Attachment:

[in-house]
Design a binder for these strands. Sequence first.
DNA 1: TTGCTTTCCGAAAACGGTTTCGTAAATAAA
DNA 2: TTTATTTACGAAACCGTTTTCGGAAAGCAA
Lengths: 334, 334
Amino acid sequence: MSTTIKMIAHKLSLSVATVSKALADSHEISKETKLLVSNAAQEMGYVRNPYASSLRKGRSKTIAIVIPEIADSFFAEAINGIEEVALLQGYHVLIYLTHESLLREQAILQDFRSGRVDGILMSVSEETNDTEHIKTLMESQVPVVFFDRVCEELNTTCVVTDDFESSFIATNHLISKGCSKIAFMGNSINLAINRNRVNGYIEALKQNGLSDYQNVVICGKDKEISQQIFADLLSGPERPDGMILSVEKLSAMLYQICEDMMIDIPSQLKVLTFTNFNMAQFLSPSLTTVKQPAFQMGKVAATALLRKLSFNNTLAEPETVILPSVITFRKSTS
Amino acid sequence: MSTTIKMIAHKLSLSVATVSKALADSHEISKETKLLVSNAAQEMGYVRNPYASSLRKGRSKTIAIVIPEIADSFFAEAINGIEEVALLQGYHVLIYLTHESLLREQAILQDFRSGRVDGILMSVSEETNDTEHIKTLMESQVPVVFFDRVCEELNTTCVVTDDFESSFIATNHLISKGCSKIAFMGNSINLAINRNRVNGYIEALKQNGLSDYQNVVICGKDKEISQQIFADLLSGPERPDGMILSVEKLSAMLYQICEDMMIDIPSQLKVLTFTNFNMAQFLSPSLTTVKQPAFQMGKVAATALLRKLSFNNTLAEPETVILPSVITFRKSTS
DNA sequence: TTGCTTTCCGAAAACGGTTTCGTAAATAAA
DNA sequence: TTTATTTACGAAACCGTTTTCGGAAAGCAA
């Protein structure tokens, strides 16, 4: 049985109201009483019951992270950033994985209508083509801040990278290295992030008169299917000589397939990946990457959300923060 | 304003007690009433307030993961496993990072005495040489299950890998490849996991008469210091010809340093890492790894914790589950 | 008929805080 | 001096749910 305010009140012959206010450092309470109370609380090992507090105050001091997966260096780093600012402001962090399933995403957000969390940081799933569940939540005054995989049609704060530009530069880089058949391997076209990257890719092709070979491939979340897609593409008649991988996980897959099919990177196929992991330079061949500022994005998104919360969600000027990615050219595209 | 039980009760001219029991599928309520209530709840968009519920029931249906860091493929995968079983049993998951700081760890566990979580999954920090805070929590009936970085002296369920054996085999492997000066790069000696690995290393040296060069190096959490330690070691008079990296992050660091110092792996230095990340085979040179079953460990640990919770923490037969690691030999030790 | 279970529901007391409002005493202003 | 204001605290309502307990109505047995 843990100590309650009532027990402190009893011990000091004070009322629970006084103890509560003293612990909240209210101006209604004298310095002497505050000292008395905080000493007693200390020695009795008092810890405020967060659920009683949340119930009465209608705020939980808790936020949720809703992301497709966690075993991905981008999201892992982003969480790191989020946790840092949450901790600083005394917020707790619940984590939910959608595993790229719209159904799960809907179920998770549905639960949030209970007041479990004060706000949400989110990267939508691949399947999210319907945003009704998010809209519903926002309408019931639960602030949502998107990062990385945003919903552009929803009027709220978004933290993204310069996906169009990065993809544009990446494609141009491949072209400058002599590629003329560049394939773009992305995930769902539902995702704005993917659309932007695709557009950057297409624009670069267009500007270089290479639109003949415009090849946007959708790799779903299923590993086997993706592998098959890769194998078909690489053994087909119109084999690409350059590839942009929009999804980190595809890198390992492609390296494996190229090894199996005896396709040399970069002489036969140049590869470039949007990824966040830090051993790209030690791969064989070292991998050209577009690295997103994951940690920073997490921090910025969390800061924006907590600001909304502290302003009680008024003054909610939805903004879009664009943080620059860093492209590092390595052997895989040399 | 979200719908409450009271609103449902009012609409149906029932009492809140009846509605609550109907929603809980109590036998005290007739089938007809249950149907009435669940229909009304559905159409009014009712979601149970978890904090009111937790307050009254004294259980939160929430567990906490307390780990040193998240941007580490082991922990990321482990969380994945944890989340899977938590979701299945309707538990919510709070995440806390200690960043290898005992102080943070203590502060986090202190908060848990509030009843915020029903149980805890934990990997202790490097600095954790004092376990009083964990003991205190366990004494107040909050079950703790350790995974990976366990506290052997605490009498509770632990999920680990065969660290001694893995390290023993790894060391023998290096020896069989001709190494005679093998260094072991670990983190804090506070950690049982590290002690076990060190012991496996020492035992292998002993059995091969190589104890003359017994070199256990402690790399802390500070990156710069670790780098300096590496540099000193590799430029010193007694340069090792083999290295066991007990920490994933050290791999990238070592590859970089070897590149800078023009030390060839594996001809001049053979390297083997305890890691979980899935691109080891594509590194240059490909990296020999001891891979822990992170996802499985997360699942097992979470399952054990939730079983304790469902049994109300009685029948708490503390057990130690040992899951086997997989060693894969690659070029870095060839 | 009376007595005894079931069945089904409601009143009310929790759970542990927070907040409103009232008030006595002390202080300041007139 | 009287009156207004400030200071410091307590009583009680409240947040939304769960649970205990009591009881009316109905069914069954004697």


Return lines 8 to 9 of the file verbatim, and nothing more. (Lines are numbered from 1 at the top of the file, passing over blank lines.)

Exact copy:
DNA sequence: TTGCTTTCCGAAAACGGTTTCGTAAATAAA
DNA sequence: TTTATTTACGAAACCGTTTTCGGAAAGCAA